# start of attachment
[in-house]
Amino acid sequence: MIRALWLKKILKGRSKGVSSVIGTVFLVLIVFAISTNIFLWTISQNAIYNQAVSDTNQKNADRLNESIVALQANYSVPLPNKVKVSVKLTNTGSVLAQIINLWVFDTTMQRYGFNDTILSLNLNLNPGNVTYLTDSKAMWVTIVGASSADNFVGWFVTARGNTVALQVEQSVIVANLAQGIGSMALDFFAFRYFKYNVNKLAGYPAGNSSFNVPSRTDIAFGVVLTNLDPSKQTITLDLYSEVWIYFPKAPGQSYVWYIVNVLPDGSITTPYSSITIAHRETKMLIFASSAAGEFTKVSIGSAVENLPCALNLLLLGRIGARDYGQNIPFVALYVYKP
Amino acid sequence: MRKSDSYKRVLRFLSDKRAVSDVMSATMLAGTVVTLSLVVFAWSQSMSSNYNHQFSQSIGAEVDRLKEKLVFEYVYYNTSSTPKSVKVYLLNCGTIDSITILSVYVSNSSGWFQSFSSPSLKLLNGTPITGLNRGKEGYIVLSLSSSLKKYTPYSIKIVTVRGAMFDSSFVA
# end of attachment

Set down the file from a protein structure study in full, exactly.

[in-house]
Amino acid sequence: MIRALWLKKILKGRSKGVSSVIGTVFLVLIVFAISTNIFLWTISQNAIYNQAVSDTNQKNADRLNESIVALQANYSVPLPNKVKVSVKLTNTGSVLAQIINLWVFDTTMQRYGFNDTILSLNLNLNPGNVTYLTDSKAMWVTIVGASSADNFVGWFVTARGNTVALQVEQSVIVANLAQGIGSMALDFFAFRYFKYNVNKLAGYPAGNSSFNVPSRTDIAFGVVLTNLDPSKQTITLDLYSEVWIYFPKAPGQSYVWYIVNVLPDGSITTPYSSITIAHRETKMLIFASSAAGEFTKVSIGSAVENLPCALNLLLLGRIGARDYGQNIPFVALYVYKP
Amino acid sequence: MRKSDSYKRVLRFLSDKRAVSDVMSATMLAGTVVTLSLVVFAWSQSMSSNYNHQFSQSIGAEVDRLKEKLVFEYVYYNTSSTPKSVKVYLLNCGTIDSITILSVYVSNSSGWFQSFSSPSLKLLNGTPITGLNRGKEGYIVLSLSSSLKKYTPYSIKIVTVRGAMFDSSFVA